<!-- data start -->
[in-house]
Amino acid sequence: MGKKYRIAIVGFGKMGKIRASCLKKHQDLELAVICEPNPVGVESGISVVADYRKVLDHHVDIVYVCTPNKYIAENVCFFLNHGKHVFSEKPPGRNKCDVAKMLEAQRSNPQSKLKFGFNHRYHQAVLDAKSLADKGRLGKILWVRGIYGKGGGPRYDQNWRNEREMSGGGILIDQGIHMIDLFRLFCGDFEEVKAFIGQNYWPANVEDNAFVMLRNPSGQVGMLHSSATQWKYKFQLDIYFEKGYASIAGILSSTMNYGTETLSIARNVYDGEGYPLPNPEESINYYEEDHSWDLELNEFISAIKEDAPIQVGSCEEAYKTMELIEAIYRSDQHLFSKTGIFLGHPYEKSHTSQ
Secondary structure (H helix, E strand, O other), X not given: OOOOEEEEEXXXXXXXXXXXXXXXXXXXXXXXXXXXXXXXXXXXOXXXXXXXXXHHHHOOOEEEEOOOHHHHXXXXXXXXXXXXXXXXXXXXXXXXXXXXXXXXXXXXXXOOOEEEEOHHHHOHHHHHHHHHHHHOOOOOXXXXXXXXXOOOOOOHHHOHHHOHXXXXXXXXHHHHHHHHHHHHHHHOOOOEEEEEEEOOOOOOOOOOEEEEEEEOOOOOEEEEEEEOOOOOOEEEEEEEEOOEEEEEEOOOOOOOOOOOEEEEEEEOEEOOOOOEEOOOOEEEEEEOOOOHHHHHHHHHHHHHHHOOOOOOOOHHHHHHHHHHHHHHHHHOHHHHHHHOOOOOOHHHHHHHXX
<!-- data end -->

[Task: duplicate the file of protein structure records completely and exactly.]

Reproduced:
[in-house]
Amino acid sequence: MGKKYRIAIVGFGKMGKIRASCLKKHQDLELAVICEPNPVGVESGISVVADYRKVLDHHVDIVYVCTPNKYIAENVCFFLNHGKHVFSEKPPGRNKCDVAKMLEAQRSNPQSKLKFGFNHRYHQAVLDAKSLADKGRLGKILWVRGIYGKGGGPRYDQNWRNEREMSGGGILIDQGIHMIDLFRLFCGDFEEVKAFIGQNYWPANVEDNAFVMLRNPSGQVGMLHSSATQWKYKFQLDIYFEKGYASIAGILSSTMNYGTETLSIARNVYDGEGYPLPNPEESINYYEEDHSWDLELNEFISAIKEDAPIQVGSCEEAYKTMELIEAIYRSDQHLFSKTGIFLGHPYEKSHTSQ
Secondary structure (H helix, E strand, O other), X not given: OOOOEEEEEXXXXXXXXXXXXXXXXXXXXXXXXXXXXXXXXXXXOXXXXXXXXXHHHHOOOEEEEOOOHHHHXXXXXXXXXXXXXXXXXXXXXXXXXXXXXXXXXXXXXXOOOEEEEOHHHHOHHHHHHHHHHHHOOOOOXXXXXXXXXOOOOOOHHHOHHHOHXXXXXXXXHHHHHHHHHHHHHHHOOOOEEEEEEEOOOOOOOOOOEEEEEEEOOOOOEEEEEEEOOOOOOEEEEEEEEOOEEEEEEOOOOOOOOOOOEEEEEEEOEEOOOOOEEOOOOEEEEEEOOOOHHHHHHHHHHHHHHHOOOOOOOOHHHHHHHHHHHHHHHHHOHHHHHHHOOOOOOHHHHHHHXX